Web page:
China's terracotta warriors team to receive major award in Spain

08:58, October 21, 2010      

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The archaeological team excavating the terracotta warriors at Xi'an City in northwest China will receive the Prince of Asturias Award for Social Sciences in the Spanish city of Oviedo this Friday.

The army of more than 7,000 life sized terracotta figures of warriors and horses was first discovered in 1974 and declared a World Heritage site by UNESCO in 1987.

The army forms part of the mausoleum of Qinshihuang, the Emperor who unified China and the founder of the Qin Dynasty (221BC-206BC).

It is one of the most important archaeological discoveries of the 20th Century and a rich source of information about Chinese civilization that has had a major impact on research into sculpture, architecture and Chinese society during this period of formation and consolidation of the empire.

The Director of the Xi'an excavations, Xu Weihong, is currently in Oviedo where he and two other members of the team, Cao Wei and Zhang Weixing will receive the award.

"It is clear that it is very important (for China), it is the most important discovery in China in recent decades and we have worked hard. We have made a museum of the first emperor and it is a reference point for investigation and the conservation of polychrome figures," Xu told a media conference.

"In China, we say this is a discovery without precedent and for the moment we have not found any full size armies from dynasties posterior to the Qin Dynasty," said Xu, who nevertheless believes other armies could be discovered.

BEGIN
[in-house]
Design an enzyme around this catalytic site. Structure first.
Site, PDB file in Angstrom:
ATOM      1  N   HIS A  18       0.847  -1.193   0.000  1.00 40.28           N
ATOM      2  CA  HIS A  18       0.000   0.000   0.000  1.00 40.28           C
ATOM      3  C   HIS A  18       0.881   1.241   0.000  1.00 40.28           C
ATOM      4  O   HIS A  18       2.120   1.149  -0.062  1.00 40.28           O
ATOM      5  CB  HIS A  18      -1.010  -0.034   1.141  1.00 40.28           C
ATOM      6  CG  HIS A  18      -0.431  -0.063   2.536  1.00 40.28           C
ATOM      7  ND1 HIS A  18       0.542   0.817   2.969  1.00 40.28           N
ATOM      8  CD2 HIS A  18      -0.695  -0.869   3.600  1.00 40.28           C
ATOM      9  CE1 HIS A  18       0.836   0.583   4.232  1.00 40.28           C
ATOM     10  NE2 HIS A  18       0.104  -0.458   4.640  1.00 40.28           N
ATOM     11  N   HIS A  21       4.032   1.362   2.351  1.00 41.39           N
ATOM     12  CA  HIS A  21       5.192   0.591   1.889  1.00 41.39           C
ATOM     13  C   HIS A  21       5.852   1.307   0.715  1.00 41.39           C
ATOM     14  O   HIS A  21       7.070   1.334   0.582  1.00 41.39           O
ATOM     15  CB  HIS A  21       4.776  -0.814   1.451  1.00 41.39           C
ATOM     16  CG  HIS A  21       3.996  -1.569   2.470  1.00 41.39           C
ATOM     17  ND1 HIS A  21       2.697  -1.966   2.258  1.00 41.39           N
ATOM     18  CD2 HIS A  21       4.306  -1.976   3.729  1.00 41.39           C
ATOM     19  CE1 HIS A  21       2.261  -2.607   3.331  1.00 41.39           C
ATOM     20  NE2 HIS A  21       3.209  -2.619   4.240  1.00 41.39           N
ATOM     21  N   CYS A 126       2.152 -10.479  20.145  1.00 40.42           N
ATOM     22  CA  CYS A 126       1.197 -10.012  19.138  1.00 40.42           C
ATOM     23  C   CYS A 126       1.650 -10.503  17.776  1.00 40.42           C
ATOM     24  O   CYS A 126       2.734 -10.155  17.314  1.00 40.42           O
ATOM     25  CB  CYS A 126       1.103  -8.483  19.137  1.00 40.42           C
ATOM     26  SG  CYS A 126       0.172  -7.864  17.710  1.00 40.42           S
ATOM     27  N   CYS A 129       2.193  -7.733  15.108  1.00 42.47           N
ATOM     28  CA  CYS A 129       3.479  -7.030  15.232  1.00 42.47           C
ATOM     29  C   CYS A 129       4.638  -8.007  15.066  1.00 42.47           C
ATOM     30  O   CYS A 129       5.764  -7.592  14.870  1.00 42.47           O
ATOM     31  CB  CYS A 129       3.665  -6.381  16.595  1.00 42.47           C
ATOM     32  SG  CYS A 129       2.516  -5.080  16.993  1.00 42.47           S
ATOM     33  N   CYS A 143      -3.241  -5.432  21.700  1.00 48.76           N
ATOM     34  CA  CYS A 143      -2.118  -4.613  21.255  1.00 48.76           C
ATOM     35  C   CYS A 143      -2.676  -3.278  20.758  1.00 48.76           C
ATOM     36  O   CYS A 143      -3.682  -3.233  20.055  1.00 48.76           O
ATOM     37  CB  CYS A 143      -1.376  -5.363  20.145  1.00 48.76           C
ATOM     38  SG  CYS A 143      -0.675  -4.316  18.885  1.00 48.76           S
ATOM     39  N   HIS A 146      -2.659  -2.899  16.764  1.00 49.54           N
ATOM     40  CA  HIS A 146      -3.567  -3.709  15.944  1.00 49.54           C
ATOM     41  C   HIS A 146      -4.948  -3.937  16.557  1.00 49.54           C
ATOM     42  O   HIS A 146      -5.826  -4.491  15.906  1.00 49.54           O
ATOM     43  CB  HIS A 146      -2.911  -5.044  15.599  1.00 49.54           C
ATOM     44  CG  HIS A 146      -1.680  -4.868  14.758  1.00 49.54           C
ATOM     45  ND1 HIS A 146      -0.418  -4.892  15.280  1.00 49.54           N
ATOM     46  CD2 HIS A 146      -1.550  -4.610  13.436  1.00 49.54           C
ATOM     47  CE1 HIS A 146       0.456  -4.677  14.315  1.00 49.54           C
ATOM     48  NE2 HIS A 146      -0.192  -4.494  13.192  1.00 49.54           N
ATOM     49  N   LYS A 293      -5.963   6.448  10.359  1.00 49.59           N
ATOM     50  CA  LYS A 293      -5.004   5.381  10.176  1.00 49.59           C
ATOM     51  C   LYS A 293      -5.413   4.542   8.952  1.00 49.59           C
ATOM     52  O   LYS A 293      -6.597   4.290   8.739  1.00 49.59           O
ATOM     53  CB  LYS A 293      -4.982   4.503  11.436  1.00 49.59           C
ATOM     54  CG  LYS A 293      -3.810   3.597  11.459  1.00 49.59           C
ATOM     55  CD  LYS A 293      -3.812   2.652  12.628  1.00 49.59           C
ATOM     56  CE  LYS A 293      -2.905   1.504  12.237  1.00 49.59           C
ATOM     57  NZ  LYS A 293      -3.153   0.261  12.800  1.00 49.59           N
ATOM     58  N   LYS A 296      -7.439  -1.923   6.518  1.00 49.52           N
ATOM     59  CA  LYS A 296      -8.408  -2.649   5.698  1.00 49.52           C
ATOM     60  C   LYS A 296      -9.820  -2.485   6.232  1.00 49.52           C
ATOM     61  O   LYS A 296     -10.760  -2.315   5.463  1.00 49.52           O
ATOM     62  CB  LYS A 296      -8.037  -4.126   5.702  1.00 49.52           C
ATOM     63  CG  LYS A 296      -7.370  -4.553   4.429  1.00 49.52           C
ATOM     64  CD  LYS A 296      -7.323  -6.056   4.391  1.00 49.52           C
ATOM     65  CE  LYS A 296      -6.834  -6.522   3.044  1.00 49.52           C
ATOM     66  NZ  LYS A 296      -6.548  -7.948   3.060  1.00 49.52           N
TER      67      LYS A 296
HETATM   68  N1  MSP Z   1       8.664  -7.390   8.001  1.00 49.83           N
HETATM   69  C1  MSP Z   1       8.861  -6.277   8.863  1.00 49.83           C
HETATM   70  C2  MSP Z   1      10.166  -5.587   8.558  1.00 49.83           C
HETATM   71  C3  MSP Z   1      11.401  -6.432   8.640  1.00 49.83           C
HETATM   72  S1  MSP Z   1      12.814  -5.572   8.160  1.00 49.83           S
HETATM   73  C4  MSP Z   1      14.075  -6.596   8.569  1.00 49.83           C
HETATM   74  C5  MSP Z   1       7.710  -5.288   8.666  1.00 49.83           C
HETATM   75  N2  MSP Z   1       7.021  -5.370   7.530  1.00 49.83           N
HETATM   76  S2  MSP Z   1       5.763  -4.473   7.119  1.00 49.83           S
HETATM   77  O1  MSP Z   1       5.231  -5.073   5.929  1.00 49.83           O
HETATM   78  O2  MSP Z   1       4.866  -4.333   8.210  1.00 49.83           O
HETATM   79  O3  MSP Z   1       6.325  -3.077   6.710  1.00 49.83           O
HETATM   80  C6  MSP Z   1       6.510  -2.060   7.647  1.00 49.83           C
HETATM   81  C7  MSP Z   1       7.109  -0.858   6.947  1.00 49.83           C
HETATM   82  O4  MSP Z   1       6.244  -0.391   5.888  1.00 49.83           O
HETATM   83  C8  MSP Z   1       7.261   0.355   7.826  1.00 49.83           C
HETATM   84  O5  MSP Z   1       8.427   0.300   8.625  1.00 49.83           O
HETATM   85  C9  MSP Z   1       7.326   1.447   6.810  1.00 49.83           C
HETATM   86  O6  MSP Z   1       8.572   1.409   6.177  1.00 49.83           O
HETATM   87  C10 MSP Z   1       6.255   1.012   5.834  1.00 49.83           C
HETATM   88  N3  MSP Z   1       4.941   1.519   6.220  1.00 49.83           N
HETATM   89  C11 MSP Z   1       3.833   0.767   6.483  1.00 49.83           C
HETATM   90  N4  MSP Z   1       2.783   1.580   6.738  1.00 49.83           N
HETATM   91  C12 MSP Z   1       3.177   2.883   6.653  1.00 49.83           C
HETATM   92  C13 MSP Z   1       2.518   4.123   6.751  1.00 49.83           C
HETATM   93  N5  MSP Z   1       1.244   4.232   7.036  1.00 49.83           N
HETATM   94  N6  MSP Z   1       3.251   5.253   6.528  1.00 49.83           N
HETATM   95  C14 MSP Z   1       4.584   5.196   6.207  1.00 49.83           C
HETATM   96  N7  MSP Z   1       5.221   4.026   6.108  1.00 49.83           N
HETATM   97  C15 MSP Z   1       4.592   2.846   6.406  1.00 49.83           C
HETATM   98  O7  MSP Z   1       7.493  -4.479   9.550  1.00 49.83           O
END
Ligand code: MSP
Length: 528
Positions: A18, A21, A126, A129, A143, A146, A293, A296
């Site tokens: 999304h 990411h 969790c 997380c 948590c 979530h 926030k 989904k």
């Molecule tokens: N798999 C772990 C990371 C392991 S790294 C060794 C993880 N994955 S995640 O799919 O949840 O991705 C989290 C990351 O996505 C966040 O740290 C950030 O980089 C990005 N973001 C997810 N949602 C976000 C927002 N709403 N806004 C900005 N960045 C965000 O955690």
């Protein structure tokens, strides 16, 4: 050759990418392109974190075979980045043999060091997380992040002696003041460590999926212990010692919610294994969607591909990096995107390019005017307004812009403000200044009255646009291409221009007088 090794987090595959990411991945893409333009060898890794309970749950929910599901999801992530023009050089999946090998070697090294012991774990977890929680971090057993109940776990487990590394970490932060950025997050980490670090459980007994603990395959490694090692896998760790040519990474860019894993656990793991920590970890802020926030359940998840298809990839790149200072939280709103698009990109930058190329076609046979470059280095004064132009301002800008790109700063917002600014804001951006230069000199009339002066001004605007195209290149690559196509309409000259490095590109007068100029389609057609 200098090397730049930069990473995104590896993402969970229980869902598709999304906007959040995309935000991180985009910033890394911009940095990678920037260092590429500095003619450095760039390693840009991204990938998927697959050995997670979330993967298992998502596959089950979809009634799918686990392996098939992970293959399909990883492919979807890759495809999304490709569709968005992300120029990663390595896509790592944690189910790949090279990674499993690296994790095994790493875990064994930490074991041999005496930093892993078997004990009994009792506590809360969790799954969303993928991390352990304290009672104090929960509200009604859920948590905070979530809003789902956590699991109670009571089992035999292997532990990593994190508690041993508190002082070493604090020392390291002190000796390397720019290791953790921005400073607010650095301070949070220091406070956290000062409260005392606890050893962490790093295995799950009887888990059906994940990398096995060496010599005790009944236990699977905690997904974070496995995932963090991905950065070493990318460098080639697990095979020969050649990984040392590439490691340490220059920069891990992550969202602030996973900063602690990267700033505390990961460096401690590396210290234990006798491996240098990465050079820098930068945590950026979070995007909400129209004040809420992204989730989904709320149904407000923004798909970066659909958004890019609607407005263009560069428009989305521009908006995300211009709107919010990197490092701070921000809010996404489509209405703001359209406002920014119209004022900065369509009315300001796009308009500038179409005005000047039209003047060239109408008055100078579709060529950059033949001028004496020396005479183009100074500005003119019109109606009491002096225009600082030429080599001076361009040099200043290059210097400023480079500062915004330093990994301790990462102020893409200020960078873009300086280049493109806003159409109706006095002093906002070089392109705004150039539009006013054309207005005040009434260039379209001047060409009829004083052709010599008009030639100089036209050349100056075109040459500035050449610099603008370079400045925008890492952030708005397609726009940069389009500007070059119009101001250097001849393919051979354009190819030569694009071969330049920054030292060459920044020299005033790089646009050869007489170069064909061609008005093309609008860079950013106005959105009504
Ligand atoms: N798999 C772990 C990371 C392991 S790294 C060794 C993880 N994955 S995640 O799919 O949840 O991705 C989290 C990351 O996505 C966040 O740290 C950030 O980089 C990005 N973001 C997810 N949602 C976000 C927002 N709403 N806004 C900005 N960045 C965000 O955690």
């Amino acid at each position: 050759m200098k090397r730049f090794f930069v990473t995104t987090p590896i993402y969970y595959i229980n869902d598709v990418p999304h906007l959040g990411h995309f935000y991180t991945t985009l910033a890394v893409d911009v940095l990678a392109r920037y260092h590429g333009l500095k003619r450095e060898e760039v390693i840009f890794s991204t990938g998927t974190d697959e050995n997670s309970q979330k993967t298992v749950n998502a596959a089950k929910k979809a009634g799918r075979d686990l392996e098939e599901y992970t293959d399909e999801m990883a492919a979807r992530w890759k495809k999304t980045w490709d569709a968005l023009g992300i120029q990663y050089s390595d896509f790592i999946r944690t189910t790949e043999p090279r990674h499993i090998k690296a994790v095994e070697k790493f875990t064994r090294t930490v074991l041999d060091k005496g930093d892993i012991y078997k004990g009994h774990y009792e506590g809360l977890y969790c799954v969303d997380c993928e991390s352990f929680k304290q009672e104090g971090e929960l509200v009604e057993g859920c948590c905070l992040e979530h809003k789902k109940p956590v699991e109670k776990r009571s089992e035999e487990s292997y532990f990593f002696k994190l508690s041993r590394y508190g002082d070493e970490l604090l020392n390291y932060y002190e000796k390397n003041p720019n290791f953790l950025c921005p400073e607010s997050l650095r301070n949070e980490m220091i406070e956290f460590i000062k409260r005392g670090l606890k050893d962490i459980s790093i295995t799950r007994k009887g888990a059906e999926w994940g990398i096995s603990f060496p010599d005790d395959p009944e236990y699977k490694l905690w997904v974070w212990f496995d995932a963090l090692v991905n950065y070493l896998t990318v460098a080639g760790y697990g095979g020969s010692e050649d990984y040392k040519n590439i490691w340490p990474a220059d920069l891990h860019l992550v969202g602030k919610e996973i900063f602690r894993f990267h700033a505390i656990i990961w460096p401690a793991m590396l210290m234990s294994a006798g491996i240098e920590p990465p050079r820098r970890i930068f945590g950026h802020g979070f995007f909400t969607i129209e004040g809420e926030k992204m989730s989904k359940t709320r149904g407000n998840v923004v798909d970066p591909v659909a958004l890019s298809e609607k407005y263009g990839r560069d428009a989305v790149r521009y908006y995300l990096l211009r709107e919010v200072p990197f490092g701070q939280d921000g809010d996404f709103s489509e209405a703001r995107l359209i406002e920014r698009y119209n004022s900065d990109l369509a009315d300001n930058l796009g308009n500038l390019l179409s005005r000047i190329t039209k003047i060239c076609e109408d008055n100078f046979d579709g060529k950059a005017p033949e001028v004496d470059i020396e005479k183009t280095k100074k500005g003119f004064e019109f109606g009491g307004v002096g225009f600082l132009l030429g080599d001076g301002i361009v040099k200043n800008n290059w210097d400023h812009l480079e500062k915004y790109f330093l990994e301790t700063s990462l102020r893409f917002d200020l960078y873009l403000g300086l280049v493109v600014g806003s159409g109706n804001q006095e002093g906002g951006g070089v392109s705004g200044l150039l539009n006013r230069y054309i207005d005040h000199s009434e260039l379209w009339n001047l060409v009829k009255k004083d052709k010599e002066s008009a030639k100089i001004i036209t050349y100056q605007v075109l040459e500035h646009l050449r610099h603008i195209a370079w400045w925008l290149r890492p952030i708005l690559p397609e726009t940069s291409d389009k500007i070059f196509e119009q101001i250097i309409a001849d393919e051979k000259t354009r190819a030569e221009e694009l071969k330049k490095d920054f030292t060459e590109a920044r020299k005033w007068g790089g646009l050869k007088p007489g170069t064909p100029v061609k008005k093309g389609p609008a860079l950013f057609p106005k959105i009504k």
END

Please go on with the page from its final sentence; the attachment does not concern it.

"We know that the tradition of burying armies when an Emperor died began with the Qin Dynasty, so we are not ruling out finding others of this kind," he said.

The director expressed his gratitude for being chosen for the Prince of Asturias Award, which is "to reward the scientific, technical, cultural, social and humanistic work performed by individuals, groups of individuals or institutions at international level."

"This also helps people get to know the work of the archaeologists. Thousands of people come here and see how we work. They think what we do is a mystery and when they see us they realize there are no secrets. Xi'an is a window into the world of archaeology," Xu said.

He then explained his amazement at seeing the warriors and discussed the immensity of the discovery.

"My first impression was that the warriors were alive. It looked as though they had just woken up after a long sleep. Each one has its one expression and gestures and that makes them very real. Every warrior has its own peculiarities, they even have different postures."

"We are talking about an excavation of three pits and we have only opened one seventh part. The second has around 6,000 square meters and we have not done anything, while we have finished work in the third pit," he said.

However, despite the awe-inspiring site of the rows of warriors, it is often the much smaller objects which reveal more information.

"In my work, what attracts my attention the most is not the figures, it is the other material, be it burnt pieces that we can date, remains of weapons, fingerprints or anything that is unexpected. For example, some weapons were in silk covers and I'd like to investigate more about the textiles of the era and to count the strands they used in the scabbards."

"These remains can give us a lot of information because they represent the level of development in the society we want to study."

"Xi'an still has secrets and now we are especially looking at social aspects. We want to know how people lived in the years of the first emperor, what they wore and what they did in their daily lives."

"From our point of view as investigators, we hope to find more than warriors and figures. We want to find other objects that tell us about the society that dug the tomb and made the warriors," Xu said.

Source: Xinhua


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